Column: Where are voting rights and justice reform?
Nikole Hannah-Jones, Pulitzer-winning journalist and creator of the New York Times’ “1619 Project,” said something to me last week that has been stuck in my head since: “I think most Black Americans are ambivalent about political parties. They just know one party is actively trying to legislate against their rights, and so they have to stick with the party that might not be doing much for them but at least isn’t trying to peel back their legal citizenship rights or take away their right to vote.”
That’s not your run-of-the-mill, lesser-of-two-evils commentary. No, Hannah-Jones is suggesting Black voters have been stuck in electoral purgatory since Republicans nominated for president Barry Goldwater, a man who said some parts of the 1964 Civil Rights Act would be unconstitutional. Fast-forward to 2021, and we see Senate Republicans recently stopped the John R. Lewis Voting Rights Advancement Act from coming to a vote, with Texas Republican John Cornyn calling it — you guessed it — “unconstitutional.”
LZ Granderson writes about culture, politics, sports and navigating life in America.
Democrats may use bullhorns to announce how they’ll fight for people of color, and Republicans prefer dog whistles to convey how they’ll fight those efforts, but at the end of the day it’s all just identity politics.
President Trump got an awful lot wrong, but he understood how to connect with his voters by addressing concerns related to their identity.
When it comes to Black voters in particular, national Democrats struggle. For example, with respect to voters’ rights and police reform, the only real action in the past year has been of the lip variety.
No wonder Black disappointment in the Democratic Party has been festering, creating a vacuum for the ambivalence that Hannah-Jones touched on. This alienation would be even more evident if Republicans ever stopped flirting with white supremacy, because more Black voters would drift over to the GOP tent. Democrats aren’t earning the support of people of color, just counting on it by default.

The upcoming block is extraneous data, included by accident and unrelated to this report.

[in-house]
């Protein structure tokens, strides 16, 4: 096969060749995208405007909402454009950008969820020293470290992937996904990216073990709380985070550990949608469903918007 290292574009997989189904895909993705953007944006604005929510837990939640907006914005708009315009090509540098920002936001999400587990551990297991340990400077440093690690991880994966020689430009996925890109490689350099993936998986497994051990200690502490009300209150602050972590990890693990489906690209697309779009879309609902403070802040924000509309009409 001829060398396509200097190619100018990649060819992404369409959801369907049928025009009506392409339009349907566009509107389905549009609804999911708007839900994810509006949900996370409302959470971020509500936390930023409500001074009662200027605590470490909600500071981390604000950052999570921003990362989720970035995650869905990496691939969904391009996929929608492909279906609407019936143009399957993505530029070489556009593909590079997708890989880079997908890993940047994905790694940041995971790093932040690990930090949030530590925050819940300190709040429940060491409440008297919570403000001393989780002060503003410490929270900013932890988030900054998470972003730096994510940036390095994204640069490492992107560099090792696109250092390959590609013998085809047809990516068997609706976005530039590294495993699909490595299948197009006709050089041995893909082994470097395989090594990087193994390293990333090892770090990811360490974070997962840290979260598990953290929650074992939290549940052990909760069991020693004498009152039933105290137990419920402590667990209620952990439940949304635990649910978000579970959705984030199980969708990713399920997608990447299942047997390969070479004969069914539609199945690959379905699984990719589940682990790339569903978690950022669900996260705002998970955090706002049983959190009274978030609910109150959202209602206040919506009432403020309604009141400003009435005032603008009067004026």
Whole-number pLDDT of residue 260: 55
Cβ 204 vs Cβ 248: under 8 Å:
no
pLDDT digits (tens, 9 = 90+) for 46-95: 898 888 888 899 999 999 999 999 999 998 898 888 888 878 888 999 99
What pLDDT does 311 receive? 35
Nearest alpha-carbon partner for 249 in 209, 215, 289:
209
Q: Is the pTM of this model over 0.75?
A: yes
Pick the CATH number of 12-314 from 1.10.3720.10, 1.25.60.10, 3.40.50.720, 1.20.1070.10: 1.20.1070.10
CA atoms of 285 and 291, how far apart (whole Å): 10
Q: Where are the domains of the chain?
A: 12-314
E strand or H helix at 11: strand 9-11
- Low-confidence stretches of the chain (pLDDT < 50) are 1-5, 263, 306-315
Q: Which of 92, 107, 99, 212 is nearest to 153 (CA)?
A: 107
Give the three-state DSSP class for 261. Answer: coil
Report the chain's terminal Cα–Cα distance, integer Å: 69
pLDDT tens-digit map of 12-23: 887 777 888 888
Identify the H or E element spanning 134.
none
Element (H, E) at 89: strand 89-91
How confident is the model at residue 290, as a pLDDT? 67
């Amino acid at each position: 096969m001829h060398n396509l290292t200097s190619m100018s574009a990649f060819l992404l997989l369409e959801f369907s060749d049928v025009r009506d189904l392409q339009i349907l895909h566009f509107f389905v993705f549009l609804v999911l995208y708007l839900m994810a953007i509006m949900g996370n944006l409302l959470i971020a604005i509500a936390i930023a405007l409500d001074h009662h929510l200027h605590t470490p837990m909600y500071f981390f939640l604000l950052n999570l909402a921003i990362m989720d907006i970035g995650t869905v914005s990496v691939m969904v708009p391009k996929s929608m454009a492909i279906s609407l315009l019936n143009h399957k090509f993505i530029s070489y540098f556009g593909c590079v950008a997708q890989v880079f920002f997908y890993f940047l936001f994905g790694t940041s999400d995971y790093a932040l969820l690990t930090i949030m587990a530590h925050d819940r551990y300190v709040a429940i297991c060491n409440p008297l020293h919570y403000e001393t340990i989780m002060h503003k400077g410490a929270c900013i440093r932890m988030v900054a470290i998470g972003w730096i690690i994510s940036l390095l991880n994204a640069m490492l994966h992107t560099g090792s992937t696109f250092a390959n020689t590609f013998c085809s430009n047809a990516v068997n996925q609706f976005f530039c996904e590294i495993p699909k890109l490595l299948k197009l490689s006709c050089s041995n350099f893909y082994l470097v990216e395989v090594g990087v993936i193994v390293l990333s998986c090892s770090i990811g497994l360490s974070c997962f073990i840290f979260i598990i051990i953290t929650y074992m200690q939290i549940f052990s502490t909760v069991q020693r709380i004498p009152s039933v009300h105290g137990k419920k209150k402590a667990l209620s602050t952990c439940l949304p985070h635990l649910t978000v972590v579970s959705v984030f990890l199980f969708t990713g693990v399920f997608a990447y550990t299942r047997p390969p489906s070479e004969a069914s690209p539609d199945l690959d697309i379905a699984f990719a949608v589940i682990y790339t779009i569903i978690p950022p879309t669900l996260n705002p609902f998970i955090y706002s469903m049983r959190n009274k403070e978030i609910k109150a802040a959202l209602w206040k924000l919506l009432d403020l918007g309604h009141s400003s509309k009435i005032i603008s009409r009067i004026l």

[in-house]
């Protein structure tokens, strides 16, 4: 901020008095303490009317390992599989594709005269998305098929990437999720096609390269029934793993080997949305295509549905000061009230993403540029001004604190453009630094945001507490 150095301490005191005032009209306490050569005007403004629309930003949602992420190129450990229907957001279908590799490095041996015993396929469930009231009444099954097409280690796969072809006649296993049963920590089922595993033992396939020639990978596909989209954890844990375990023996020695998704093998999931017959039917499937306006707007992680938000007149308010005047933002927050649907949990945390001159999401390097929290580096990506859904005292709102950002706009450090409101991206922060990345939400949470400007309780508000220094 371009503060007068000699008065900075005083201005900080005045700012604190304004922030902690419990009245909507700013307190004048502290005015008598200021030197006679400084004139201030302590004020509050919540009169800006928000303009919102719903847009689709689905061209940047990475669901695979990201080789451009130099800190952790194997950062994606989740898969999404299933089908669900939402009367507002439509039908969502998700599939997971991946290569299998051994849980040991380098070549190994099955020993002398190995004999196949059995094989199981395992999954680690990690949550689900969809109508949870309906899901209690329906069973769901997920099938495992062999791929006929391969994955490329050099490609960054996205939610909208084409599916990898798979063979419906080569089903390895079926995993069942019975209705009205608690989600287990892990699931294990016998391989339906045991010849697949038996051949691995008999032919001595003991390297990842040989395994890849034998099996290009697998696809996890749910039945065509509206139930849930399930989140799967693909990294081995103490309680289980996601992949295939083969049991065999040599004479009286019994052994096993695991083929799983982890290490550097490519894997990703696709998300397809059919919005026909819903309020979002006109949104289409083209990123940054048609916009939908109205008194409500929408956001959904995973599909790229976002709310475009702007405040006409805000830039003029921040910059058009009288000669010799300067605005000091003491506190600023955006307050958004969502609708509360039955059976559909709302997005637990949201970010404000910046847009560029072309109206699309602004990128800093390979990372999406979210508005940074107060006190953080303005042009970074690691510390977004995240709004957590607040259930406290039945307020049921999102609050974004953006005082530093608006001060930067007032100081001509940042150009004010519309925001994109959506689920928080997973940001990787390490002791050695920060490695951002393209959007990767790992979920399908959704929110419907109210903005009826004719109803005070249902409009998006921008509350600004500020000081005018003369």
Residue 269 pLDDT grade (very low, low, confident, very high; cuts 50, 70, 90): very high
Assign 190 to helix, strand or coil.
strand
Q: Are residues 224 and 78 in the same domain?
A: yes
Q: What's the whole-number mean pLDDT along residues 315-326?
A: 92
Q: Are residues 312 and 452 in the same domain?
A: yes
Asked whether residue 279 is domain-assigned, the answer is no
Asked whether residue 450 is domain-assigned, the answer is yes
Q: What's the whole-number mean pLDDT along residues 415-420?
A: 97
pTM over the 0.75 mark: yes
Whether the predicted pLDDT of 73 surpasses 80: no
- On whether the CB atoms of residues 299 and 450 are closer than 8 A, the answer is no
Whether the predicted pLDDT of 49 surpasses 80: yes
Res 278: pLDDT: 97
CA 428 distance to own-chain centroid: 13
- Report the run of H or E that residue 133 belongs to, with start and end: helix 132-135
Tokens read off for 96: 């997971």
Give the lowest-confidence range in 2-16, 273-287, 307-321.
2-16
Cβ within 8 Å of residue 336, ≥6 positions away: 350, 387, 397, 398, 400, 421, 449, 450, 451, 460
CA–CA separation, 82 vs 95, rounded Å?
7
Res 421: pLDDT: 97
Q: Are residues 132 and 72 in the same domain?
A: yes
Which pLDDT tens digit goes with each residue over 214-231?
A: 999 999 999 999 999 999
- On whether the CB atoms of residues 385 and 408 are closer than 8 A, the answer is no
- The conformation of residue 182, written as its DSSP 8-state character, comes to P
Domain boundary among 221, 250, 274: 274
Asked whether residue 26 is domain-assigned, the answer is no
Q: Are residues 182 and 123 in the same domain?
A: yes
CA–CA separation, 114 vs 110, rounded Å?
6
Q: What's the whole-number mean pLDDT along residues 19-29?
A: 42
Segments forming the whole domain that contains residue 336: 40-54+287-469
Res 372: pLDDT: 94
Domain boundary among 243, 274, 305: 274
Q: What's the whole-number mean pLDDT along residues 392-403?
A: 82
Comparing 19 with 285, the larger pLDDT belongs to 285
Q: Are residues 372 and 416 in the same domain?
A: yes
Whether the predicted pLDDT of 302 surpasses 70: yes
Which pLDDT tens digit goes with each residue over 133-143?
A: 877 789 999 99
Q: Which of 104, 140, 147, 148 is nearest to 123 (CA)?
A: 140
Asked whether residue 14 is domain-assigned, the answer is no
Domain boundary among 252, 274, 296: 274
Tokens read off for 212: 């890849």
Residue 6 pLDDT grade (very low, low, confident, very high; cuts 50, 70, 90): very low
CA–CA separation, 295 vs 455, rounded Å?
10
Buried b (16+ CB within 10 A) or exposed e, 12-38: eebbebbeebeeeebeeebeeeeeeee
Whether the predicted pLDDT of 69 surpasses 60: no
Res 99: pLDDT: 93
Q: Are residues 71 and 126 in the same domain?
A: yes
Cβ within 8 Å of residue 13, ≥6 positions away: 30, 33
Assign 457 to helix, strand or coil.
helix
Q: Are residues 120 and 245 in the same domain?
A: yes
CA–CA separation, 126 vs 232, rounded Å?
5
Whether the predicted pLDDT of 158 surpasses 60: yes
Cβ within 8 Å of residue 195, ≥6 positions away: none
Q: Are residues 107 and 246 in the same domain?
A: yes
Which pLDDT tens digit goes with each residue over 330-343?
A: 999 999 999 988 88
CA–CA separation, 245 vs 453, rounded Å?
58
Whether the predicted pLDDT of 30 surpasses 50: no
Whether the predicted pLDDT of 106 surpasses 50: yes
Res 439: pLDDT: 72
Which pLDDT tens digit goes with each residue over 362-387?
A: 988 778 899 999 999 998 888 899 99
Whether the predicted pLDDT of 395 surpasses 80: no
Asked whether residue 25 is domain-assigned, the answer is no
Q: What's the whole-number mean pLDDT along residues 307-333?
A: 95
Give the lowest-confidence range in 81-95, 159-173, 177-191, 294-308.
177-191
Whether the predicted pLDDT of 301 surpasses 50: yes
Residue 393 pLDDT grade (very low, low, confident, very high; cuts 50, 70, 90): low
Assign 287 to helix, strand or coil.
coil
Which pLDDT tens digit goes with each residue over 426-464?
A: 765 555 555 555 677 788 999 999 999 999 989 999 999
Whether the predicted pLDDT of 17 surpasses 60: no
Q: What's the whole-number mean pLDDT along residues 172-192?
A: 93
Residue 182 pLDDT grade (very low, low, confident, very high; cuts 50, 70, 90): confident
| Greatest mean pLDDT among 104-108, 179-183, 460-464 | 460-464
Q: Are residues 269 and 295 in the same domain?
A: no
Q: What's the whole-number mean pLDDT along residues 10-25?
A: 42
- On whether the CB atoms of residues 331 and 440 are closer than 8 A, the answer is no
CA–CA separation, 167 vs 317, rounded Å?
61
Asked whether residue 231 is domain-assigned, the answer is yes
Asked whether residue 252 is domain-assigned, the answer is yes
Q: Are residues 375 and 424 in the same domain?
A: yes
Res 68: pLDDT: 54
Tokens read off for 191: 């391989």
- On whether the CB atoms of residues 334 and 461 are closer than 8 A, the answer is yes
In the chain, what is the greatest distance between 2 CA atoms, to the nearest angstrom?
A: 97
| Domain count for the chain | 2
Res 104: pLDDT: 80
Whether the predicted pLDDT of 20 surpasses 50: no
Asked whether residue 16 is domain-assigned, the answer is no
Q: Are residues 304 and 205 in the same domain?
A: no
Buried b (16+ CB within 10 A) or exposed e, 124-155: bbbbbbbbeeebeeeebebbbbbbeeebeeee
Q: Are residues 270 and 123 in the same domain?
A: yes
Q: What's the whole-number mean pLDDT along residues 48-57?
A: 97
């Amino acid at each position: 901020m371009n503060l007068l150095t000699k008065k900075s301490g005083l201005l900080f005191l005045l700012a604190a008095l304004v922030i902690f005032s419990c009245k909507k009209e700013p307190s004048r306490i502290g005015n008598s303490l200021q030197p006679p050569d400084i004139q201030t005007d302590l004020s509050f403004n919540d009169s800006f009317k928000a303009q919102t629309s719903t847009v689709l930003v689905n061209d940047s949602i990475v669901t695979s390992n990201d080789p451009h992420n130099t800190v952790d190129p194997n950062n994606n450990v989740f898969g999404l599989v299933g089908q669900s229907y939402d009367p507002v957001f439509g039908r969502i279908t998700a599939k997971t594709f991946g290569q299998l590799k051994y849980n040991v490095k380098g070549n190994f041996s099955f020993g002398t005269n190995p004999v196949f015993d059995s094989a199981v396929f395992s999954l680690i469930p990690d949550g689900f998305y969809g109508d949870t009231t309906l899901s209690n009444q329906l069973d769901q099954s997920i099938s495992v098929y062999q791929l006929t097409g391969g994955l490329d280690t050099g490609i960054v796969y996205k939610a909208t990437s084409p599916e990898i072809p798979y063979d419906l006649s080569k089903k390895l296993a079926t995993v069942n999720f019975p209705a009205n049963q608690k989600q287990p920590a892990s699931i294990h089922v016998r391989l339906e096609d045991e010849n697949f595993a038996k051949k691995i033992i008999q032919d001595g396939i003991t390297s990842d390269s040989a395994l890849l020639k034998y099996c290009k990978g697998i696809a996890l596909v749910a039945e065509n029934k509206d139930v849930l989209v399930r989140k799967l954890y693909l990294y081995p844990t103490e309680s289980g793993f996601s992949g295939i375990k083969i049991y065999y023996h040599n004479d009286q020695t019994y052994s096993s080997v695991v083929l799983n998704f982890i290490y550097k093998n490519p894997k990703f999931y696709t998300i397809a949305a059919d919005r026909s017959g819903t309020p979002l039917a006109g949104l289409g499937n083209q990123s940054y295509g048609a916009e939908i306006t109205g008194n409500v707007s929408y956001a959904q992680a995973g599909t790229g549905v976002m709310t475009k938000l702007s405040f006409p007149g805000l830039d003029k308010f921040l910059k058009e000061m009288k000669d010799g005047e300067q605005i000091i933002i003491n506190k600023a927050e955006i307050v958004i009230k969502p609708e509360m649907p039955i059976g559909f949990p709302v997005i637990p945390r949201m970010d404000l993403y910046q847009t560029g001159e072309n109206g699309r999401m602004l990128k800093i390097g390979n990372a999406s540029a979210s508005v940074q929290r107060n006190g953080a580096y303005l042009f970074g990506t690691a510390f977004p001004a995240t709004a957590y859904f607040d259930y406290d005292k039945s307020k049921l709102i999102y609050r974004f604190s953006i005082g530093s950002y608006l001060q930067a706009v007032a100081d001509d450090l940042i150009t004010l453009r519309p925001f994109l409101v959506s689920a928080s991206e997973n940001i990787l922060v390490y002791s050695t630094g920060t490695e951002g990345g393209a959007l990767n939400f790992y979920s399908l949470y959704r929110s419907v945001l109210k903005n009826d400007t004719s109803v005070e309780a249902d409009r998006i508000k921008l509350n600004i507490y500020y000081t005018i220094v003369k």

President Biden made this explicit during the primary when he went on “The Breakfast Club” and said: “If you have a problem figuring out whether you’re for me or Trump, then you ain’t Black.” He was rightly criticized for the remarks and apologized. But the data back him up.
The number of registered Black Republicans cratered after 1960, and it’s not because Black people were afraid of having their Blackness memberships revoked. It’s because with Goldwater and beyond, the identity politics of the GOP drove them away.
Not that Black voters are always excited to vote blue. Sometimes we do it for the reasons Hannah-Jones outlined. Sometimes we don’t feel like pretending otherwise.
From July to September, the percentage of Black adults who said they strongly or somewhat approved of Biden’s job performance dropped 20%. W. Mondale Robinson, founder of the Black Male Voter Project, said last month in the Washington Post that “the frustration is at an all-time high” and that “Black men are pissed off about the nothingness that has happened.” He asked: “Does it make the work harder? It makes the work damn near impossible.”
A snapshot from 2020 exit polls showed racial inequality was the most important factor for about 20% of voters, and among them, 92% backed Biden. Considering Biden also earned about 90% of the Black vote, one can understand why the frustration with the party is at an all-time high.
To be fair, Biden has scored big wins since then, most recently with the passage of an infrastructure package on Friday. But where are the criminal justice reforms and voting rights protections that were so loudly touted on the campaign trail?
That isn’t just a question for Biden. This is a question for the party, because come the midterm, what exactly will the slogan be: Vote Democrat, and we’ll do everything Republicans allow us to do! Vote Democrat and next time maybe Joe Manchin will too?
Considering that Sen. Rand Paul was comfortable publicly opposing anti-lynching legislation, I’m not sure there’s much of a choice.
Compounding the frustration is seeing left-leaning pundits point to Black turnout whenever Democrats lose a high-profile election, as they did last week in Virginia. What about the party’s habit of abandoning policies Black voters care most about?
Don’t blame political defeats on “the woke” while the party continues to overlook the most important factor for voter turnout: a reason to believe it matters. It feels as if Black voters support Democrats more to keep the Barry Goldwaters away than to bring in candidates who will deliver on campaign promises. That’s why Hannah-Jones’ words about ambivalence stayed with me.
Until Democrats pass meaningful legislation addressing the issues the Black community cares most about, ambivalence is just about the best we can offer. And sadly, Democrats seem to think that’s good enough.
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